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Our challenge in 2012 is one we did not face in 1980 or in any election since. We have to convince Americans to nominate and elect candidates, from president on down the line, who can handle these uncomfortable truths about where we are as a nation and what needs to be done now, not later.

That means change in the way business in Washington has been done under both parties ever since Ronald Reagan. (And if that’s a tea party position, then so be it.)

Too many of our candidates today are already falling into the trap of sound-bite solutions. At the recent Conservative Political Action Conference gathering, I listened to all of the candidates’ speeches. If I had closed my eyes and just heard the words, I couldn’t have told them apart. Answers, yes. But did what they said pass the “truth” test?

We’re going to have to work harder, expect less and pay more if we’re going to compete again in the world economy.

The cutback in government that we are demanding means cutting back on all the programs that we have come to expect as “entitlements.” In fact, we will have to stop thinking of them as entitlements, and recognize that we are entitled to a lot less than our inflated egos think we are.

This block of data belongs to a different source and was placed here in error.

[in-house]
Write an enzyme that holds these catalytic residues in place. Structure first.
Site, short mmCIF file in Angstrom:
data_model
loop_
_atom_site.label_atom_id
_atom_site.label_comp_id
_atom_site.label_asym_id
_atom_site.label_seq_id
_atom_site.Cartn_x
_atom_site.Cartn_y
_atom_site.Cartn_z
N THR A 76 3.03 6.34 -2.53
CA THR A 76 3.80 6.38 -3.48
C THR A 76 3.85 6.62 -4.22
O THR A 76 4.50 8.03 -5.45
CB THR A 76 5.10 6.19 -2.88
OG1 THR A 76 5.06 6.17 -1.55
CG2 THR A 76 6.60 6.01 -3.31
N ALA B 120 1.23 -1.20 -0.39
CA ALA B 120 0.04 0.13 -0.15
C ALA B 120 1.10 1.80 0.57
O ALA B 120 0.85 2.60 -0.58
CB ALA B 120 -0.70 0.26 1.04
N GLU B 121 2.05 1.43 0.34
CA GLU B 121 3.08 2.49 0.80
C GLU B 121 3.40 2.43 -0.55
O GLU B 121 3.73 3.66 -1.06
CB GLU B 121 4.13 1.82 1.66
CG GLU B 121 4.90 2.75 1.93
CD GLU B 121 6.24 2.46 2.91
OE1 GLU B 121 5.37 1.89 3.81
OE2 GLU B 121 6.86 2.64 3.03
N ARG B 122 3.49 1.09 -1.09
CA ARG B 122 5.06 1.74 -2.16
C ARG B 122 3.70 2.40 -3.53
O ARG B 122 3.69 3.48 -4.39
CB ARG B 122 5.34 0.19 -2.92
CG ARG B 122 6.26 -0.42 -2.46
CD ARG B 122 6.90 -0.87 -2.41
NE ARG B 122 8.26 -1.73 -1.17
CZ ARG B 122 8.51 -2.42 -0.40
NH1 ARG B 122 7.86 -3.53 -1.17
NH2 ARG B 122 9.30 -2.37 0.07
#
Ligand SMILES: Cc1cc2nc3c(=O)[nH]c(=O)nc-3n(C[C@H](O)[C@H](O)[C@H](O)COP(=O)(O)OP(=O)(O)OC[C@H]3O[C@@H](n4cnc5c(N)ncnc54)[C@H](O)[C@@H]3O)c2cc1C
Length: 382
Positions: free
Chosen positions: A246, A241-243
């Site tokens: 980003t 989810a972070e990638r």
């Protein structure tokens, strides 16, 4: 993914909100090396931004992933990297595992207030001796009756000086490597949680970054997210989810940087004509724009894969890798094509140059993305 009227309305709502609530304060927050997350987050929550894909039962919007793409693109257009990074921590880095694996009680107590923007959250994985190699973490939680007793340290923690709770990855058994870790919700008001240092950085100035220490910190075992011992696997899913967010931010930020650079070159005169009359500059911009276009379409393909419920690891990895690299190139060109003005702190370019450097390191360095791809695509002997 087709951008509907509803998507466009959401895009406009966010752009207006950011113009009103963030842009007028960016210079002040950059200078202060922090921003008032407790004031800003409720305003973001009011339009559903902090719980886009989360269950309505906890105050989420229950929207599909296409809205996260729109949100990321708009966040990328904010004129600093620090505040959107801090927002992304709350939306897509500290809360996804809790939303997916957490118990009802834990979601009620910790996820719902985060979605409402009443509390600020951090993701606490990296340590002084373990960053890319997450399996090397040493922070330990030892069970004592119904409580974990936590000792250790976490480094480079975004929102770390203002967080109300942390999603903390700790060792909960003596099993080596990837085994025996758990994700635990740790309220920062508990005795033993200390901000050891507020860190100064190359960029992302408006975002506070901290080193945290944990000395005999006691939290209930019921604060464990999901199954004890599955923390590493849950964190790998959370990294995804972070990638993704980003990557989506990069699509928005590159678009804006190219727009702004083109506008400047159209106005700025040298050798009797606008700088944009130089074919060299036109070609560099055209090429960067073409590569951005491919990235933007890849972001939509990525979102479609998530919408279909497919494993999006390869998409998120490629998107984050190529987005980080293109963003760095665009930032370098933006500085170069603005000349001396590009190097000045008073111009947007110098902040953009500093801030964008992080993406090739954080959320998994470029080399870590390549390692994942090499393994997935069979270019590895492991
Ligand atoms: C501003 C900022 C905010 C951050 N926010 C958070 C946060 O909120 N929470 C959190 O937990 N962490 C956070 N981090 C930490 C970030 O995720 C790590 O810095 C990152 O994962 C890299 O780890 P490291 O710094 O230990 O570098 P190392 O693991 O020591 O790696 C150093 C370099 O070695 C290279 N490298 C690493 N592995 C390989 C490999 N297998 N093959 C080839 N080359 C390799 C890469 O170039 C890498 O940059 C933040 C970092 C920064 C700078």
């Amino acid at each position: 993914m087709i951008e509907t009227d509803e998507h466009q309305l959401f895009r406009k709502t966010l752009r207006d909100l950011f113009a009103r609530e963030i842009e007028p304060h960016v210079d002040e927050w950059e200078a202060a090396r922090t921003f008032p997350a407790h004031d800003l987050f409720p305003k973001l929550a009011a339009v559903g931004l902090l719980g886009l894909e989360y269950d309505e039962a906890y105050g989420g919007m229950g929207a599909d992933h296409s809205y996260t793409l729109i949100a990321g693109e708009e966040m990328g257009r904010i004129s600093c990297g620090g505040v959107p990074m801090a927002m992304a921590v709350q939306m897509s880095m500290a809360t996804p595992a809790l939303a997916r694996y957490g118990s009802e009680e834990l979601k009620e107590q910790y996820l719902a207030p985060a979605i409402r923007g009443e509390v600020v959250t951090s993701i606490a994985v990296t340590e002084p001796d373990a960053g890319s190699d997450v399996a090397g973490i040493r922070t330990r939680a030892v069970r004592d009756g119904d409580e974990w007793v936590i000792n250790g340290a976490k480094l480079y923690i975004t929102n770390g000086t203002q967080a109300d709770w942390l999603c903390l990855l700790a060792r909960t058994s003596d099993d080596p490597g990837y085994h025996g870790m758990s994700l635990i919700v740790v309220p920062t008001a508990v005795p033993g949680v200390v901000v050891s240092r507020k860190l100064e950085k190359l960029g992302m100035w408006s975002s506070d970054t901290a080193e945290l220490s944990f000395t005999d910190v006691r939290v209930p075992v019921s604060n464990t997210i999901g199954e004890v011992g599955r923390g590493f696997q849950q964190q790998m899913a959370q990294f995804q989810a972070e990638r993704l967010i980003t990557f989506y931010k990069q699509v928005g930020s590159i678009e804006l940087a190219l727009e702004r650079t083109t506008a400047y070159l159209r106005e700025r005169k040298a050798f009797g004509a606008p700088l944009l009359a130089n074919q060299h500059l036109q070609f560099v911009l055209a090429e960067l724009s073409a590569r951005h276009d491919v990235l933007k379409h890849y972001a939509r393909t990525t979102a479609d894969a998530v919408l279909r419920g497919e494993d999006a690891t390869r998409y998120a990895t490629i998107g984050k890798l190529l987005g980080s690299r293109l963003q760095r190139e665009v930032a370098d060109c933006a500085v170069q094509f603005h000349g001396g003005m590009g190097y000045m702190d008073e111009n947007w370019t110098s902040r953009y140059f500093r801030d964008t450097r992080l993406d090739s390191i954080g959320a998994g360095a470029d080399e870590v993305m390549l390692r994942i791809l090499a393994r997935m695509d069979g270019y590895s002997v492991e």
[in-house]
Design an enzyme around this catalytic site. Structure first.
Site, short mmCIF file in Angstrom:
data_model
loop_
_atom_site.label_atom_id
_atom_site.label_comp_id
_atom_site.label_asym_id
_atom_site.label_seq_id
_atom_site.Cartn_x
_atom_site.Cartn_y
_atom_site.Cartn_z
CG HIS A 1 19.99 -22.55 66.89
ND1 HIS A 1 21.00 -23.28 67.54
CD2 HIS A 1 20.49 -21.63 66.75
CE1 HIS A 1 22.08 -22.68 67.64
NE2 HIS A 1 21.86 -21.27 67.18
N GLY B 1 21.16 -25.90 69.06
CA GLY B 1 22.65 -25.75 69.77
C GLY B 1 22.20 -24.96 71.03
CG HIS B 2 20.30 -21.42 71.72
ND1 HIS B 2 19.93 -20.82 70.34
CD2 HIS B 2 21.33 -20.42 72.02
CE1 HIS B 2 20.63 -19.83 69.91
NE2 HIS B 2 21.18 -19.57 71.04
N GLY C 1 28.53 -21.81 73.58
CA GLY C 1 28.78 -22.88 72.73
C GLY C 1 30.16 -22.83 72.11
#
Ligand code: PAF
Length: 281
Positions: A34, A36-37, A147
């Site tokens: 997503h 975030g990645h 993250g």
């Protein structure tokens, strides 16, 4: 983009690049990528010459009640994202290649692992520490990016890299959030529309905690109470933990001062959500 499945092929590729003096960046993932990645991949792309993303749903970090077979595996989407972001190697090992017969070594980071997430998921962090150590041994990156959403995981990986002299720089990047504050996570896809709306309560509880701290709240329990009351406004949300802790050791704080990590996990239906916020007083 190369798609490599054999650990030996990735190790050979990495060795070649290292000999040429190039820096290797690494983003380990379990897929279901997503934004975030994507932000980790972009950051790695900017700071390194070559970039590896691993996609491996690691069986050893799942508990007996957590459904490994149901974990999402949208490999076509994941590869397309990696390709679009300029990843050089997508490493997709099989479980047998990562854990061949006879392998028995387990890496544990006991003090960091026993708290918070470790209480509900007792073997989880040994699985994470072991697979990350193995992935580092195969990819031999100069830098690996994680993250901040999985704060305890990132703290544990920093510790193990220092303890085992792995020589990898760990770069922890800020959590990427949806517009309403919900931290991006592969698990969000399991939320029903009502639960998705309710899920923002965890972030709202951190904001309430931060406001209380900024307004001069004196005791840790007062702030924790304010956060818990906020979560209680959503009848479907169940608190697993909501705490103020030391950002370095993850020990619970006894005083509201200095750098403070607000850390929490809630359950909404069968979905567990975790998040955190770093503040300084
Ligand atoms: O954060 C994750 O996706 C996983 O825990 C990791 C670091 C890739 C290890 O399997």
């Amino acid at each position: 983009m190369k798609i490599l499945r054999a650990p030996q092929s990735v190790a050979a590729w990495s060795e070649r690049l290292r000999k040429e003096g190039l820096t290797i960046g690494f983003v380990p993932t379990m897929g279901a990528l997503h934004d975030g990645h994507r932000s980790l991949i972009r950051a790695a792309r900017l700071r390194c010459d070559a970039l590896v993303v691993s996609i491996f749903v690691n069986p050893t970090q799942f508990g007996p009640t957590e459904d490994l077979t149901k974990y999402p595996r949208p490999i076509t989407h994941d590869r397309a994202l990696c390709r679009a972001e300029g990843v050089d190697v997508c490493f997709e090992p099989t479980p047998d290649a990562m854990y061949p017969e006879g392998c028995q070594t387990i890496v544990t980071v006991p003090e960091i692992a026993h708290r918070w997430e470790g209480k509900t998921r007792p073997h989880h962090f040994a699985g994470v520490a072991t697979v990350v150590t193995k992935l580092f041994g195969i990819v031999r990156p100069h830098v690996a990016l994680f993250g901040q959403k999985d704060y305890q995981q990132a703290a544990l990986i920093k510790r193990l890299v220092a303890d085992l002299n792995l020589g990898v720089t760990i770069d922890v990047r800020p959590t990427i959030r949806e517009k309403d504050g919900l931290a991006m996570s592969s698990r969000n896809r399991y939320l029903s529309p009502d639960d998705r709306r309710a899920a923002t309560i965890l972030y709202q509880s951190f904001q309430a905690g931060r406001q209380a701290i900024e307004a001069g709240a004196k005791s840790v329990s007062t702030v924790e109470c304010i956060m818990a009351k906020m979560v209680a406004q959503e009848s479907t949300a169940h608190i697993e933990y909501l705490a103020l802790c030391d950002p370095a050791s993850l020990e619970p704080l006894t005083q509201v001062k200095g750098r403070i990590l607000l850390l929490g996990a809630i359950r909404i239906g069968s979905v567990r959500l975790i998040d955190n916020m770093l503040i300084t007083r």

We’re in a mess around the world, and we’d better start thinking of how we’re going to get out of the middle of every family squabble where the combatants want us as referee - and want us to pay for it.

We’re sitting on the largest energy reserves in the world in oil, shale, natural gas and coal. Are we tough enough to finally demand that our security and energy needs are more important than the claptrap we’re going to get from the Chicken Littles who want to keep our resources locked up?

It’s hard to tell these truths to people who don’t want to hear them: the American optimists, just like Ronald Reagan. But if we don’t, then we’re no better than the audacious people who are now out there spreading more than just answers on the landscape of America. Do we believe, with Lt. Kaffee, that the American people “want the truth” or do we believe, with Col. Jessep, that they “can’t handle the truth”? We’ll soon find out.

Larry L. Eastland is a bishop in the Church of Jesus Christ of Latter-day Saints and a member of the board of the American Conservative Union.